Not long before Bridge entered the consciousness of a generation, Simon & Garfunkel embarked on what would amount to being their final concert tour as a current act. This closing chapter — epilogues notwithstanding — is exceptionally preserved and chronicled on Live 1969.
Considering the relative brevity of their musical partnership, even the eldest of S&G songs performed here — “The Sound of Silence,” “Kathy’s Song,” “Leaves That Are Green,” and “I Am A Rock” — had yet succumbed to the whims of nostalgia. As such, they’re presented from a contemporary perspective, which distinguishes this live album from subsequent ones — The Concert in Central Park (1982) and Old Friends (2004) — not just in how the material is received by audiences, but also in how it’s presented to them.
“This is also one of our new songs,” Paul Simon timidly remarks at one point. “It’s called ‘Bridge Over Troubled Water,’” enunciating each word in case anyone may want to hear it again once the new album comes out.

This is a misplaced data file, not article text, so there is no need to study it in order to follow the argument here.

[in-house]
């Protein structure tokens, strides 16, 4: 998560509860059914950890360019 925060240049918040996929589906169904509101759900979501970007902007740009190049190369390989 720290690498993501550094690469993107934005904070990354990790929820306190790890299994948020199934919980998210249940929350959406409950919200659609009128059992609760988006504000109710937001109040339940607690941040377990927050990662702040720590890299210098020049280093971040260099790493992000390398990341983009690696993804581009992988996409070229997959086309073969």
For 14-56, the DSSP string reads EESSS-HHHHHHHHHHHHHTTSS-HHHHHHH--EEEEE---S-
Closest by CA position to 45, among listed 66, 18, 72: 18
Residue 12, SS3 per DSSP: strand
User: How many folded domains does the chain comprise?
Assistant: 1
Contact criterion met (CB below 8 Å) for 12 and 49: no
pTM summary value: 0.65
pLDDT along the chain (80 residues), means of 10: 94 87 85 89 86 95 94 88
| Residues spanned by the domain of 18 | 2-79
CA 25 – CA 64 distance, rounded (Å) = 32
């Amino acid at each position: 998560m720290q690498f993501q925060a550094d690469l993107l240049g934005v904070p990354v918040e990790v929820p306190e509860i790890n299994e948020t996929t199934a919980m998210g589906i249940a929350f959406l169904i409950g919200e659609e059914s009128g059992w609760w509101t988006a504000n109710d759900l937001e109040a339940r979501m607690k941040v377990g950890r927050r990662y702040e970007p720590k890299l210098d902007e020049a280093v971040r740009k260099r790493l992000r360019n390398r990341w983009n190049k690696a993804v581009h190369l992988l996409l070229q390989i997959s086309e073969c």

The merits of his songwriting aside, whether strumming his guitar in accompaniment or even when singing lead, Simon maintains an inconspicuous, concentrated presence throughout. It’s Garfunkel who shines brightest here, be it with wistful variations on “So Long, Frank Lloyd Wright” or in pining, seraphic passages of “For Emily, Wherever I May Find Her.” And, even if all you had to go by was the tremendous ovation following “Bridge Over Troubled Water,” it’s safe to say he does a mighty fine job on that one as well.
Live 1969 finds Simon & Garfunkel toward the end of their run yet very much in their prime, enriching their works with indelible chemistry and respective fidelities to their craft.